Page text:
Microdosing is a growing phenomenon. However, research on its benefits and effects is still in its infancy compared to those involving full doses of psychedelics. Despite its skyrocketing popularity, there is only anecdotal evidence (personal accounts) for many of the purported benefits of microdosing. Nevertheless, members of the microdosing community report that taking tiny morsels of psychoactive substances such as LSD and magic mushrooms is good for your mind, especially when it comes to fighting depression. That poses the question: Is microdosing for depression effective, and if it is, is there any evidence besides the anecdotal to support those claims? Let’s read on to find out, shall we?
Defenition of Microdosing
Microdosing involves taking minimal dosages of psychedelics. Those that practice it usually dose themselves with an amount that stops short of causing a ‘trip’ but is still potent enough to give benefits. Microdosers run the gamut from Silicon Valley entrepreneurs trying to improve productivity, to individuals who want to manage their moods better.
Extensive research has been conducted on psychedelics ever since the 50s and 60s, and the number of studies on the subject peaked around the time psychologists Timothy Leary and his colleague Richard Alpert worked on the Harvard Psilocybin Project in the early 60s. The psychonauts had their research shut down when hallucinogenic drugs fell out of favor. Unfortunately, they never finished their experiments and research stalled on psychoactive substances for decades.
Leary continued to theorize that psychedelics showed great potential for therapeutic use in psychiatry, a belief that researchers proved was factual only recently. Today, numerous academic institutions, corporations and organizations are leading the psychedelic research field ever forward.
Clinical Studies on Microdosing
The first official study on microdosing was performed in 2017 by researchers at the University of Toronto and York University. In the experiment, microdosers in the Reddit community were studied to see the effects microdosing had on their mental health. In the end, researchers said the Redditors exhibited less negativity, had fewer dysfunctional attitudes and scored exceptionally well when it came to their creativeness.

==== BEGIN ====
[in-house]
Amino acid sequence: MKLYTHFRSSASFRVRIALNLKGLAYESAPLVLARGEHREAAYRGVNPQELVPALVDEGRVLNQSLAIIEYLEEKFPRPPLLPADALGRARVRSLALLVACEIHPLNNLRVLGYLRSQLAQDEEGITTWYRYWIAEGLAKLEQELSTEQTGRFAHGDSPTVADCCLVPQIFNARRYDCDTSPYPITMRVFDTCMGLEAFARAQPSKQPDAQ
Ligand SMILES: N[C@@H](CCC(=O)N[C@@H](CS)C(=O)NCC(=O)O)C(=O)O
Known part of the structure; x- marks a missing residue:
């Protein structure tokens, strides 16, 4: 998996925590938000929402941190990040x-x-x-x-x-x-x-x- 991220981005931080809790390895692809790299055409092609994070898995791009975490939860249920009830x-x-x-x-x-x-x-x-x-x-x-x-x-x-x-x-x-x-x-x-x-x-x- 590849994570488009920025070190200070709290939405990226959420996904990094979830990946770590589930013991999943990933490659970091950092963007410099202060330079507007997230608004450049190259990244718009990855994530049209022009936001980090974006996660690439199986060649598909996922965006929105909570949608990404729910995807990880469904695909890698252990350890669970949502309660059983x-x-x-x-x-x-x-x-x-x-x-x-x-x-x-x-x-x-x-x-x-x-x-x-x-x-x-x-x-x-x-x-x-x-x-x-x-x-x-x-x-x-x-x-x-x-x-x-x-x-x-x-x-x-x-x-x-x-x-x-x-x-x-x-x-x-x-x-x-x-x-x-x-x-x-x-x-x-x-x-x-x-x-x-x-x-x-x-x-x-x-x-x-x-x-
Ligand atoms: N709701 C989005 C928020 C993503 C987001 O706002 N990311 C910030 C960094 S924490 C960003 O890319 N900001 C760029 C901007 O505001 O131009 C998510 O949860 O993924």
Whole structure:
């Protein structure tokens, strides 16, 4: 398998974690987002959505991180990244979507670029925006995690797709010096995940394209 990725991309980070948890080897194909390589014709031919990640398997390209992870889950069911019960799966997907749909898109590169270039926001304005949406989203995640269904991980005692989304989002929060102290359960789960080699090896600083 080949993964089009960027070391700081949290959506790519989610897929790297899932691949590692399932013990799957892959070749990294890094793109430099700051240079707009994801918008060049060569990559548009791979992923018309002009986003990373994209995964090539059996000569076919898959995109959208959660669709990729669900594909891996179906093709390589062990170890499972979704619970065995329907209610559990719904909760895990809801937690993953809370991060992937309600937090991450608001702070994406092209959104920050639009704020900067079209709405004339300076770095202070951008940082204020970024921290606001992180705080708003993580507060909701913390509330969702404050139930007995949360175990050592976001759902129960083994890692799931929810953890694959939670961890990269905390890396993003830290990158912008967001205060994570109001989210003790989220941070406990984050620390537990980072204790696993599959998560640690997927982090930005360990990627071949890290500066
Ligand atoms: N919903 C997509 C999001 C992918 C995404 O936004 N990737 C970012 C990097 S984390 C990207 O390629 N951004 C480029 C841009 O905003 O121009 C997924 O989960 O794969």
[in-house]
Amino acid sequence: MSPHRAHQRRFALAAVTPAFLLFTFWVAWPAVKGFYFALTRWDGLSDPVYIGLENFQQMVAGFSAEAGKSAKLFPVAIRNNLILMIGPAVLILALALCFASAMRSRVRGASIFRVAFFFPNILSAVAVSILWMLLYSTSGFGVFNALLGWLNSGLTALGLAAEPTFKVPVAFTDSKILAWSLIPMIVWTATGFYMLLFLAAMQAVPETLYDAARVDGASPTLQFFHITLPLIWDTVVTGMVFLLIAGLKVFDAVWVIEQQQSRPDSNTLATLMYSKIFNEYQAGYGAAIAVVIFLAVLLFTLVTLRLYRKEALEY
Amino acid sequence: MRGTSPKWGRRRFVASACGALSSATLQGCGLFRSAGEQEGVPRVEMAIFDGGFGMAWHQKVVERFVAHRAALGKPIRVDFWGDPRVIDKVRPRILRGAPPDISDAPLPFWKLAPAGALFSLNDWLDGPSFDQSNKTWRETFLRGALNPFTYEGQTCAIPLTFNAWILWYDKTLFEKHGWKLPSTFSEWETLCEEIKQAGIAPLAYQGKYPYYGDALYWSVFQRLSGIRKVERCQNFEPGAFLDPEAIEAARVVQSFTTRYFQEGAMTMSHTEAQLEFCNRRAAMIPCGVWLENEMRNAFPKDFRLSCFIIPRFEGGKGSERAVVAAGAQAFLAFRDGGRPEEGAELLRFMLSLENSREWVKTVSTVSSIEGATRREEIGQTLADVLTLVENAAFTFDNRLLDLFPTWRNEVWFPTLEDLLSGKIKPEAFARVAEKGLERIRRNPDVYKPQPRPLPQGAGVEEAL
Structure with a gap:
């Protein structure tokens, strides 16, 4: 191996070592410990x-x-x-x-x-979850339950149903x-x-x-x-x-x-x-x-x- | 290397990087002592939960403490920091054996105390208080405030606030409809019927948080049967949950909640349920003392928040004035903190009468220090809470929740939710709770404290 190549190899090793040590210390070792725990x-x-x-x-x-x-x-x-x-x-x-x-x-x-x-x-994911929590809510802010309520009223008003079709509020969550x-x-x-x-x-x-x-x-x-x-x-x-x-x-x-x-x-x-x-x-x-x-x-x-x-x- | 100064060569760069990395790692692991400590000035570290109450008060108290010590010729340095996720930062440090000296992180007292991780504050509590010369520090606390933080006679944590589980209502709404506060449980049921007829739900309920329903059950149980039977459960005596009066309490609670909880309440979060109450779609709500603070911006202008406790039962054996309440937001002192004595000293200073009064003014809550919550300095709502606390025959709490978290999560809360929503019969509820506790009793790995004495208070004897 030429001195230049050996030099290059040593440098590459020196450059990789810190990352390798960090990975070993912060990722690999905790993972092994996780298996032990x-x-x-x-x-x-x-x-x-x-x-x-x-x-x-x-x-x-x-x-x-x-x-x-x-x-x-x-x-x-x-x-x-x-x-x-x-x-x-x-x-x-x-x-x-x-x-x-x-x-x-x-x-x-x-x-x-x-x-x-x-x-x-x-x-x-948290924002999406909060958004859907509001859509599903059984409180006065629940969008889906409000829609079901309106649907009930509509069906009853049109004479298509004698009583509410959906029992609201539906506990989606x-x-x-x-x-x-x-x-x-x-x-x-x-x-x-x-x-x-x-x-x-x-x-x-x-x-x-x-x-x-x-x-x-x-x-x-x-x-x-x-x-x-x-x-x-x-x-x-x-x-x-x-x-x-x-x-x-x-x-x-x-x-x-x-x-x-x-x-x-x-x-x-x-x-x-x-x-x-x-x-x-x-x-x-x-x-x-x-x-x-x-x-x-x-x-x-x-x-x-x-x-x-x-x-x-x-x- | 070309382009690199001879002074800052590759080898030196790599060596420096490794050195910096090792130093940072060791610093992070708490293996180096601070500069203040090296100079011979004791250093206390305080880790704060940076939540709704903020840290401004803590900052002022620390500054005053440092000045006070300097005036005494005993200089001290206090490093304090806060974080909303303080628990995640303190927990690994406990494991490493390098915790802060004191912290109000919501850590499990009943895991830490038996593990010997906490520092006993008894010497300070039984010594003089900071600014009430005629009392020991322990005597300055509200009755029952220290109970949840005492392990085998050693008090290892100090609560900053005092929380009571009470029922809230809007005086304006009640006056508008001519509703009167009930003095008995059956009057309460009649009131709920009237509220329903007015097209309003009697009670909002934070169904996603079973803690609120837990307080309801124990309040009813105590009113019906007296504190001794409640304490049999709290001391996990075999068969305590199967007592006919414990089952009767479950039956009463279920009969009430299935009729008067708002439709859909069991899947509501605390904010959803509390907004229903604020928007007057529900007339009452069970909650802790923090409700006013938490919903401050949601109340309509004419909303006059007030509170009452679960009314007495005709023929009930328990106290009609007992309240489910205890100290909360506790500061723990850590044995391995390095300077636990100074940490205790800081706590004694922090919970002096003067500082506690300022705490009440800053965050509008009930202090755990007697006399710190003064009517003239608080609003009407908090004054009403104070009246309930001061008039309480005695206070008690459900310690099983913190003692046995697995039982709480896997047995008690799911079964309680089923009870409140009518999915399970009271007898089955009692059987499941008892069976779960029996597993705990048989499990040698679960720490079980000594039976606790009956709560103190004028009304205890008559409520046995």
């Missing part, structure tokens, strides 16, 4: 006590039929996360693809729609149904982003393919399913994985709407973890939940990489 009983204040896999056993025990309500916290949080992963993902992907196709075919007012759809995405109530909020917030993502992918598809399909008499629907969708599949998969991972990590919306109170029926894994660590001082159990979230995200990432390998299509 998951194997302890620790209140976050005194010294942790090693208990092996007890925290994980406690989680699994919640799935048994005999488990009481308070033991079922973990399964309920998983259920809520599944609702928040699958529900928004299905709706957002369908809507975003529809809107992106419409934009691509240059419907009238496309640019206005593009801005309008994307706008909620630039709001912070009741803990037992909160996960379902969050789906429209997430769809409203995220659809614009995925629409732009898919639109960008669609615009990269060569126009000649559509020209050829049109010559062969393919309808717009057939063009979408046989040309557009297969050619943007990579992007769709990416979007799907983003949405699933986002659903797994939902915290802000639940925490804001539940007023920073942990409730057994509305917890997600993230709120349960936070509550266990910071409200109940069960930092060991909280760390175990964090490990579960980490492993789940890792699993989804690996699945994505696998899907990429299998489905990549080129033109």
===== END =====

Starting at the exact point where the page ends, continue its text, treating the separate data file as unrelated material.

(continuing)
Like the Reddit community study, most studies to date have taken place outside of a lab. Many of them have involved volunteers from the microdosing community, too. The results of the latter, although promising, are purely anecdotal. That’s not to say results didn’t help build the foundation for current and future clinical studies, and the results were made available to clinical researchers to use.
One clinical placebo-controlled study on microdosing conducted by the Beckley Foundation in 2019 looked at its potential for therapeutic applications. In the study, they investigated the temporary effects of differing amounts of LSD and tracked how the drug doses influenced mood and affected pain tolerance and cognitive functions.
At the end of the study, the researchers said the results were groundbreaking and represented for the first time the benefits of LSD microdosing in the lab.
To follow up on the promise of the first study, the Beckley Foundation announced they would conduct a new study to investigate the effectiveness and safety of a fixed microdose of LSD administered repeatedly over four weeks on cognitive functions, brain activity and mood.
Another area the researchers will investigate during this study can have implications for the treatment of brain-wasting Alzheimer’s disease. In this particular part of the Beckley study, researchers will investigate whether microdosing with LSD, when used a single time or repeatedly, can increase the brain’s plasticity the same way as has been observed in animal brains and lab-grown brain matter.